Announcement

Collapse
No announcement yet.

ag mech torch

Collapse
X
 
  • Filter
  • Time
  • Show
Clear All
new posts

  • ag mech torch

    today in ag class we was learning how to use the torch but we was just learning how to cut it on well this one kid does it and not to long after he gets it started the regulator spikes on both the acetylene and the oxygen and starts making a loud high pitched noise so i'm curious on what happen can anyone tell me cause the Ag teacher didn't tell us anything all he did when that happen was cut the valves off and it stopped so i'm just wondering why it did that.

  • #2
    Blown diaphragms????????

    Comment


    • #3
      You had a minor flash black from my sitting position. Torch squealing like a pig is a good indicator. Means it's burning inside the tip, starving for oxygen to complete combustion. In a nut shell what most likely happened is the tip got hot, flame blew out, separated but still hot enough to keep the gas burning looking for a source to further combustion, usually in the lower pressure line. Close the valve and flame goes out being starved of fuel or the increaser of combustion which is oxygen.

      What you have to do is ask him...Hey Mister, what the heck was that and can you explain it any better then the old guy?

      Comment


      • #4
        ok thanks man manny thanks

        Comment


        • #5
          Glad I could help. You have any more questions, step up to the mic and speak em.
          Click image for larger version

Name:	705px-Gas_welding_a_joint_in_a_line_of_spiral_pipe_at_the_TVA's_new_Douglas_Dam_on_the_French_Broad_River,_Tenn.jpg
Views:	45
Size:	90.4 KB
ID:	708140

          Comment


          • #6
            I'll wait until there is some punctuation in the question, so I don't have to struggle to read it. Capitalization would just be a bonus to make it even easier to read. Put some effort into the question and you will get more people to read it.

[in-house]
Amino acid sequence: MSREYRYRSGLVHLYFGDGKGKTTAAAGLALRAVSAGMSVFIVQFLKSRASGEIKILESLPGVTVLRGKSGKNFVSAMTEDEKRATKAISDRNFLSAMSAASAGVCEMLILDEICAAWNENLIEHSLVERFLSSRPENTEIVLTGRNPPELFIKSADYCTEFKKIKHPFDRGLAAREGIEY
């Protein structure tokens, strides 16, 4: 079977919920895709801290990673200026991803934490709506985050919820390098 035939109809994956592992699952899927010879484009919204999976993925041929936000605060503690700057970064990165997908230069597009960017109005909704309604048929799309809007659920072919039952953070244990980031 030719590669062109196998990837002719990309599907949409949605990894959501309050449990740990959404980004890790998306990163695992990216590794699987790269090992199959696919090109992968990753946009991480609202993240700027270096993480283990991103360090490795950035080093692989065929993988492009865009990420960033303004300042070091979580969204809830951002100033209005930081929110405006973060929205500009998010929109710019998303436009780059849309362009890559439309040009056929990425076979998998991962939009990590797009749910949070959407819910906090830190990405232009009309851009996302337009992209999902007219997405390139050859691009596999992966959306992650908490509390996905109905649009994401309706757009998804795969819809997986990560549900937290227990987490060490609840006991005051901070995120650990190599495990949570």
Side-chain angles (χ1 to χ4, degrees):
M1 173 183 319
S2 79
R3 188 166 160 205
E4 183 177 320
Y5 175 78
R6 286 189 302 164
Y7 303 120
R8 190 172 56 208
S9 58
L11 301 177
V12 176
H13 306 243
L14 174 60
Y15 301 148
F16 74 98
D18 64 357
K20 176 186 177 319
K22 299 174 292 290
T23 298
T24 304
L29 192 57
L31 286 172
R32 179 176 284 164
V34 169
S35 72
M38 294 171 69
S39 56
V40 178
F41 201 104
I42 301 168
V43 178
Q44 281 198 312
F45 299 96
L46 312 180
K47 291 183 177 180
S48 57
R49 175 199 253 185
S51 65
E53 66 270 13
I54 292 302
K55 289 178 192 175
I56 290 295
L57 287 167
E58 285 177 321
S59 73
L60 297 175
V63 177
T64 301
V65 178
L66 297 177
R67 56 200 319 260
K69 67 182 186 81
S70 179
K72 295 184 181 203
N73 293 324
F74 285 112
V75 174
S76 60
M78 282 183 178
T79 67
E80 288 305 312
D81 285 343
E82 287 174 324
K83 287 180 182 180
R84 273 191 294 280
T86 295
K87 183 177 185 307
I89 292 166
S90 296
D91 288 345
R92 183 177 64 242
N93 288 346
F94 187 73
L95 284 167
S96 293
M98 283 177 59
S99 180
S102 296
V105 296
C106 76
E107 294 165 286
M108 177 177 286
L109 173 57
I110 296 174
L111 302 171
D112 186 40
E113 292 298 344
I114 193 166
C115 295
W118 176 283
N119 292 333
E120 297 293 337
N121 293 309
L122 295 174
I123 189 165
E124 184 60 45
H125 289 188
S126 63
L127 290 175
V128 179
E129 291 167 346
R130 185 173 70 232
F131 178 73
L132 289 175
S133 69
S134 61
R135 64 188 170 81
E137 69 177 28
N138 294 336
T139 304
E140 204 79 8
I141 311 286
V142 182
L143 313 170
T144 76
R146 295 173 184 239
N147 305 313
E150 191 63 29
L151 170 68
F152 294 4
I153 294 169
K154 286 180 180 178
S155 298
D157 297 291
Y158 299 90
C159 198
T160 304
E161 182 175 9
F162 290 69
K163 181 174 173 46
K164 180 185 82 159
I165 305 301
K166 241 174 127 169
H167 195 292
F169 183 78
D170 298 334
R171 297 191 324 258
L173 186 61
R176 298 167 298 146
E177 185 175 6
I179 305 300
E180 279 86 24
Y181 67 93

Comment


            • #7
              Originally posted by tylercombs785 View Post
              today in ag class we was learning how to use the torch but we was just learning how to cut it on well this one kid does it and not to long after he gets it started the regulator spikes on both the acetylene and the oxygen and starts making a loud high pitched noise so i'm curious on what happen can anyone tell me cause the Ag teacher didn't tell us anything all he did when that happen was cut the valves off and it stopped so i'm just wondering why it did that.
              What happened is properly called a "burn-back", but if allowed to go on long enough to damage equipment, then it is a flash-back. There are many causes, and you don't say whether this was a cutting or welding torch.

              Your instructor seems incompetent in QA.

              Comment


              • #8
                Who's the old guy now. lol.


                agriculture mechanic torch question

                Today, 05:05 PM





                Today in ag class we was learning how to use the torch. We was just learning how to cut it on. Well this one kid does it and not to long after he gets it started the regulator spikes on both the acetylene and the oxygen and starts making a loud high pitched noise. So i'm curious on what happen? Can anyone tell me cause the Ag teacher didn't tell us anything. All he did when that happen was cut the valves off and it stopped so i'm just wondering why it did that?

                I took the liberty to add some periods, commas, and question marks. Slow night and all I figured what the heck.

                https://www.youtube.com/watch?v=ibbqPMR1sYU

                https://www.youtube.com/watch?v=9adOLZaP7SA

                Comment


                • #9
                  I'm with Northweldor. Like Sam, my first thought was a blown diaphragm, but as soon as I saw it was both regulators at the same time, then we know it's a burn-back. Any student should have known what to do, because the possibility and remediation should have been explained before anyone was allowed to use the equipment. An instructor should have been able to say what it was, and use the teachable moment to fully explain it. Then again, he should have known how to set up the equipment to greatly minimize the risk. Ask him to show you the check valves or flash-back arresters in the setup.